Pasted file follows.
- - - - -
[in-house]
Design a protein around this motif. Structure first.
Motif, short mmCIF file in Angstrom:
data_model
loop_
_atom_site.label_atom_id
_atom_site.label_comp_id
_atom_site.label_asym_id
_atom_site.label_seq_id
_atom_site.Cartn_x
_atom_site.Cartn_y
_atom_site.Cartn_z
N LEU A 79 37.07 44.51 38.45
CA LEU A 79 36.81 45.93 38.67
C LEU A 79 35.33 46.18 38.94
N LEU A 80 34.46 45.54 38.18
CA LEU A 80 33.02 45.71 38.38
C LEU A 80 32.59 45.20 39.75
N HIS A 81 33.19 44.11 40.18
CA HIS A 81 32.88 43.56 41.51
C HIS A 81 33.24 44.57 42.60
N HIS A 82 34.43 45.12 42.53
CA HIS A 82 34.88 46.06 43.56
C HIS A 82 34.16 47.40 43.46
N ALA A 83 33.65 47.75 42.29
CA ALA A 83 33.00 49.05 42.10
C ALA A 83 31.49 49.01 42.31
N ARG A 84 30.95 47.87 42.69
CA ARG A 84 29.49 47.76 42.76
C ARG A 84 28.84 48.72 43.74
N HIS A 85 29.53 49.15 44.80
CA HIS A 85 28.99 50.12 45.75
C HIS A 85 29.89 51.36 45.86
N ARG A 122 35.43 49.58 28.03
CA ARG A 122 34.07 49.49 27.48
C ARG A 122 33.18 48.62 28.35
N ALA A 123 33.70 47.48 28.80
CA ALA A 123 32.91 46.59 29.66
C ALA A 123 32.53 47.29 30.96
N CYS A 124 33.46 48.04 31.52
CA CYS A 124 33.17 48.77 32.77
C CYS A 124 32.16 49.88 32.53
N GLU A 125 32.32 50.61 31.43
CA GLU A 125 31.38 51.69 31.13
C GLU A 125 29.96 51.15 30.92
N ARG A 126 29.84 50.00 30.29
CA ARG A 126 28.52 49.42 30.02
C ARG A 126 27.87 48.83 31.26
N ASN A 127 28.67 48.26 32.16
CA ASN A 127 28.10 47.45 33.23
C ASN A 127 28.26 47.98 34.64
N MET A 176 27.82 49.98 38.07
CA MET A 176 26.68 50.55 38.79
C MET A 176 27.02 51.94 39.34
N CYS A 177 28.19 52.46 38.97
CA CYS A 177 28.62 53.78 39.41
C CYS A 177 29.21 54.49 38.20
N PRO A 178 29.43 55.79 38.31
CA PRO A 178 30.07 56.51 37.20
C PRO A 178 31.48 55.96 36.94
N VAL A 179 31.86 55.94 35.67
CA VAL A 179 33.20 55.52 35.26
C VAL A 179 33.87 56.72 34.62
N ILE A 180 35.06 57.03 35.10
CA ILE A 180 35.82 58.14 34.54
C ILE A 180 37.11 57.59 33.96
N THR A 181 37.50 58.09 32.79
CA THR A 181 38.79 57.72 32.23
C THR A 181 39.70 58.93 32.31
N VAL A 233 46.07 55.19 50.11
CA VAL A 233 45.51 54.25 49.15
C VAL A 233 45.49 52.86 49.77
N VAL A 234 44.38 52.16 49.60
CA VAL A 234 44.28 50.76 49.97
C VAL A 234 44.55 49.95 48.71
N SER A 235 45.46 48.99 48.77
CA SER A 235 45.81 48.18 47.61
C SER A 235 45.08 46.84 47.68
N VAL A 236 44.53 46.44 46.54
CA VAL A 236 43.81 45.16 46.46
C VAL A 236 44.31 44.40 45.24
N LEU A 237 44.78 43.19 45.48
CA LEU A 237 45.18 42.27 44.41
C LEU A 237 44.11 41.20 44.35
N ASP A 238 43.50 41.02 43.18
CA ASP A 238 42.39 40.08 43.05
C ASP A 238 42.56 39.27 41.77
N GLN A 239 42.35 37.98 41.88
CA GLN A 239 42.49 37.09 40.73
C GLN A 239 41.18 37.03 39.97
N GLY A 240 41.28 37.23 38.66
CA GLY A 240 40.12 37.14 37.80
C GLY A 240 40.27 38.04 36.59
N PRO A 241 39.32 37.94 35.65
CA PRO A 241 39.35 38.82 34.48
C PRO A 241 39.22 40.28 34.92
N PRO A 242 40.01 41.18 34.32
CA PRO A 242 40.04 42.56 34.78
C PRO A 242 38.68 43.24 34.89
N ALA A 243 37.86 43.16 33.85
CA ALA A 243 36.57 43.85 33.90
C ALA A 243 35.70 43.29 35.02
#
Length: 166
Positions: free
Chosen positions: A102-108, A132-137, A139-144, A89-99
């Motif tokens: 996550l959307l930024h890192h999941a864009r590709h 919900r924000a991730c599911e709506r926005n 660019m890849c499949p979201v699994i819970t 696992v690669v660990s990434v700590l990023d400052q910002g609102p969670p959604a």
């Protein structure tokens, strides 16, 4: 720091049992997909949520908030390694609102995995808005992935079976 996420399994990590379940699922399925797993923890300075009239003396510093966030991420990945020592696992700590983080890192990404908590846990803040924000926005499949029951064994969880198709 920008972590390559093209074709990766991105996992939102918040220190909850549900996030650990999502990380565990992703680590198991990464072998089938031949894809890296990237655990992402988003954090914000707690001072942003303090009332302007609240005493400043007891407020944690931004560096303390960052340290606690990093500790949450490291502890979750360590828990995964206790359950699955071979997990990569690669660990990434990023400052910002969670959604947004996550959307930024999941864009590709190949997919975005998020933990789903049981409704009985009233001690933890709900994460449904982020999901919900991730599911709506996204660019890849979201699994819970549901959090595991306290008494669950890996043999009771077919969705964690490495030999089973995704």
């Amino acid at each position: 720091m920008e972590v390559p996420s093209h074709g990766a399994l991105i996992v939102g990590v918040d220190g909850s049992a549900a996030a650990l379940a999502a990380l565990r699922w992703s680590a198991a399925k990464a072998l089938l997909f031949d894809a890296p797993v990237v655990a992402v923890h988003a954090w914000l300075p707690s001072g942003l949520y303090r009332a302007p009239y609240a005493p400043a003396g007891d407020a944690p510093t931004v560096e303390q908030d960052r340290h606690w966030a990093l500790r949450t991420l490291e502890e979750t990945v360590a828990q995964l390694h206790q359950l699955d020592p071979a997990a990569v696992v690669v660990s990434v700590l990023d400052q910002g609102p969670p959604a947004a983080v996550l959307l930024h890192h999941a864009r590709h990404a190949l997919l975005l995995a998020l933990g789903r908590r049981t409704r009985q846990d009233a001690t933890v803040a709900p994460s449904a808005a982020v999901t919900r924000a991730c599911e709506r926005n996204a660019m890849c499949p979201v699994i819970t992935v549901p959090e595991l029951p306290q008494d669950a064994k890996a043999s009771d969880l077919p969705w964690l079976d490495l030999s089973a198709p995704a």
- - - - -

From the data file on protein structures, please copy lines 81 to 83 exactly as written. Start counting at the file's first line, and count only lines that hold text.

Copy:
C VAL A 236 44.31 44.40 45.24
N LEU A 237 44.78 43.19 45.48
CA LEU A 237 45.18 42.27 44.41